September 18, 2003
This DVD documentary tells the story of how a new and up-and-coming urban sport influence has spread from a small sub-burb of Paris (called Lisses) to England’s capital, London.
The sport itself is called “free-running”, and the person responsible for this is Sebastian Foucon. It started from a very early age, Sebastian and his friends playing in their school grounds. The documentary follows how Sebastian’s influence had spread to others in the small town of Lisses. The sport is taken very seriously as it’s seen more of a discipline than anything else. The documentary itself is a mixture of first-person account and voice-overs.
After the initial introduction of the sport and the free-runners themselves, the focus changed to a big challenge that has been set for the runners. The challenge is to “free-run” over some of the most famous landmarks in London, including Shakespeare’s Globe Theatre and the Millennium Bridge. The documentary then follows their extensive training regime in preparation for the challenge.
The jump itself is awe-inspiring, if a little long. The jumps themselves are merged with clips of everyday life in London. The music constantly changes, changing with it the mood and enhancing the atmosphere. It is both amazing and inspiring to watch. However as I said before it is rather lengthy and anyone with a short attention span may find their mind starts to wander a bit. There are brief interludes which does help to break it up slightly, but really only succeeds in making the jumps themselves longer. Although the eye witness accounts do add to the awe of it all
They do show that it’s not all perfect and that the free-runners do make mistakes. They say “it’s all about competence and confidence”. The documentary recognises the risks of free-running and highlights them.
Overall a very interesting documentary but not one you would watch more than a couple of times.
There is the option of having subtitles on or off, as with most DVD’s, however some parts of the documentary are subtitled anyway (i.e. when the free-runners talk in French). There’s also a director’s commentary, which is fairly good, with the director and the producer, but it does seem to be more of an interview between the two rather than a commentary. After a while it gets a bit boring and repetitive, the two men’s voices starting to drone. Music seems to be a major topic of discussion between the two and, personally, watching the documentary without the commentary seems more interesting.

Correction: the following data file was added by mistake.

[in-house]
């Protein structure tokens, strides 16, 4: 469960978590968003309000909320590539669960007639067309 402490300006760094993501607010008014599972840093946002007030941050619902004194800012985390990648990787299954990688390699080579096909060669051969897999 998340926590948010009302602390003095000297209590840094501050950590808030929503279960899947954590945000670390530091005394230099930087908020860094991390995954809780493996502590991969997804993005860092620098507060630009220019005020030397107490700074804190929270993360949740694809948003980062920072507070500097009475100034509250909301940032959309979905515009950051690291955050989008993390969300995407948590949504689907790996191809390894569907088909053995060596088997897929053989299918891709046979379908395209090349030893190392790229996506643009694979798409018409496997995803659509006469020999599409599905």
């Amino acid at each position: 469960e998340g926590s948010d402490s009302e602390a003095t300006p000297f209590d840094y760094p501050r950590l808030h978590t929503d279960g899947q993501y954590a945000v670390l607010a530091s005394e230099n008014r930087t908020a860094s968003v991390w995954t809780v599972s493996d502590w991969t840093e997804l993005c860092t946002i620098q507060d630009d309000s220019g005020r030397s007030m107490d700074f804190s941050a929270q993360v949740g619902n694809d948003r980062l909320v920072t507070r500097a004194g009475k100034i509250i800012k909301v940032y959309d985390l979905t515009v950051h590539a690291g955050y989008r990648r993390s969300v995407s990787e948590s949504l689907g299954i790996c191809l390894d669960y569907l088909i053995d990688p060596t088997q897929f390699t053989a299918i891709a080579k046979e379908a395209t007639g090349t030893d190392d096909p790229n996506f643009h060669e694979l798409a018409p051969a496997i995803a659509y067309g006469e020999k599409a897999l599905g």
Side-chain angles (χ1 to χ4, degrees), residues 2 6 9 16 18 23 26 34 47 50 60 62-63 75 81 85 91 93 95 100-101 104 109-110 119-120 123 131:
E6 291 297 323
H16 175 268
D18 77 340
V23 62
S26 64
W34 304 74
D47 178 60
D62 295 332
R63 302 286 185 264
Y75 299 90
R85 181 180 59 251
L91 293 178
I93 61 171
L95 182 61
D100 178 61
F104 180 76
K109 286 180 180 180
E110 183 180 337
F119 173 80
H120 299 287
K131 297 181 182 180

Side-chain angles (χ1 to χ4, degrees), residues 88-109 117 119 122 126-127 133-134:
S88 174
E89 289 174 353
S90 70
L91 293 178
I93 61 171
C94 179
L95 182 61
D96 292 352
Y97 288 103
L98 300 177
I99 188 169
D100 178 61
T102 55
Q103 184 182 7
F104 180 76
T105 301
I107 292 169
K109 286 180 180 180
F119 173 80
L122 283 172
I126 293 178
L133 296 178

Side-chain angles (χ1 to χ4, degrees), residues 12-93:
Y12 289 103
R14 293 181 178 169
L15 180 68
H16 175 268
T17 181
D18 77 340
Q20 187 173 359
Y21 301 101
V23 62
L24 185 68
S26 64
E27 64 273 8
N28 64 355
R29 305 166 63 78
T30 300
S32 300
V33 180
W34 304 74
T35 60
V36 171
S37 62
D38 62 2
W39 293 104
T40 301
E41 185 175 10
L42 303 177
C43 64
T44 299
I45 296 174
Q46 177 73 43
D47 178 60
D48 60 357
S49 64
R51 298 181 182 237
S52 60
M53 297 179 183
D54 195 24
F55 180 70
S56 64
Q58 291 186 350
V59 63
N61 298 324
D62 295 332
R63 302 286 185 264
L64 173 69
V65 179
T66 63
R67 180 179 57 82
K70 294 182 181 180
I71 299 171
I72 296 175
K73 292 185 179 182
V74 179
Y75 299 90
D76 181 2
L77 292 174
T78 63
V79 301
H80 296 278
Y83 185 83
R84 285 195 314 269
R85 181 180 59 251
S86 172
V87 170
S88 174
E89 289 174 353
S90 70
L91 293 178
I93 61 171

There is a “making of Jump London” mini-documentary also. There are similarities between this and the actual documentary itself, with the same commentator, but it does focus more on the free-runners themselves and more on the formulating on the jumps (working them out, assessing the risks etc.)
An interview with Sebastian Foucon seems like it could be very interesting, until you realise most of it has been used in the documentary anyway. It’s good to see, though, what the man behind the free-running is actually like. From the interview you can really relate to where he is coming from, which is difficult in the documentary because the voice-overs and cut scenes interfere with this.
There are a couple of options for watching the jumps split-screen and multi-angle, which are brilliant and really add to the feeling of awe and defying gravity. The split-screen jumps show close-ups of the free-runners (with still and roving shots); it produces a great contrast between the two. The multi-angle option is great because you can control which angle you want to view them from. You can even change the angle mid-jump.
Certainly this DVD has the right special features to back up this fascinating documentary and overall seems a good DVD to have in a collection. I do feel, however, that it does get slightly repetitive and watched more than a few times might get boring for some audiences.